New law to examine professional guardians in Florida

On Behalf of | Aug 27, 2022 | Guardianships |

A guardianship is a way to ensure that you will be well taken care of if an illness or injury ever causes you to become incapacitated. Florida law lets you choose virtually any adult to serve as your designated guardian. Many people select their spouse or one of their adult children, while others choose a professional guardian.

Among other things, a guardian has the power to decide whether their incapacitated ward should receive treatment from life-support machines like ventilators and feeding tubes. This is literally a life-or-death scenario. The person you choose to serve as your guardian should be someone you trust to handle the matter in your best interests (and according to the terms of your advance directive, if you have one).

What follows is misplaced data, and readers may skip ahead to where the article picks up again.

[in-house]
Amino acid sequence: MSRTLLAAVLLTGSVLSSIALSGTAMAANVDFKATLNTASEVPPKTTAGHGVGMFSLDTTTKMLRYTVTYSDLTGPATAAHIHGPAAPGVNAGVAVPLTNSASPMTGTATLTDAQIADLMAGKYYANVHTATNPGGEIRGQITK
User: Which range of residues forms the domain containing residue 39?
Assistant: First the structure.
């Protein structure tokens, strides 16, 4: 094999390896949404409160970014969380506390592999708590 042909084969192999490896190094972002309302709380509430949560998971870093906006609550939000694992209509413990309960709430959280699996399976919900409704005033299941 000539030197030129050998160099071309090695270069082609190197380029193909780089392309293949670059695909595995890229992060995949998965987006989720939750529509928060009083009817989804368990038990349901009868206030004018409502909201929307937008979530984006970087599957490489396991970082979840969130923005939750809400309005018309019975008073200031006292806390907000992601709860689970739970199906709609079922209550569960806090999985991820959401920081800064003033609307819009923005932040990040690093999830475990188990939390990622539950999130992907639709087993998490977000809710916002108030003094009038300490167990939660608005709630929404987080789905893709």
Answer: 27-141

What is a professional guardian?

Professional guardians serve as guardians for elderly or vulnerable people in exchange for payment. Though professional guardians must take a short training course and register with the Florida Office of Public and Professional Guardians, for years, there have been concerns that some professional guardians are exploiting and neglecting their wards.

For example, the former guardian of a Florida man who died in 2019 is facing criminal charges. She is accused of signing a Do Not Resuscitate order against the wishes of her ward and his daughter when he was in the hospital. In other cases, authorities and families accuse professional guardians of exploiting wards for their money and neglecting their health and safety.

Keeping tabs on a guardian

In response, the Legislature passed a law to create a database to track professional guardians, their cases and history of disciplinary actions. The database will be available to the public so they can search for information on the guardian taking care of their parent, grandparent or other loved one. It is expected to be ready by next July.

Nobody wants to put themselves in the hands of a greedy, incompetent or untrustworthy guardian. When creating or amending your estate plan, make sure the guardian you choose is one you know you would want to make difficult decisions on your behalf.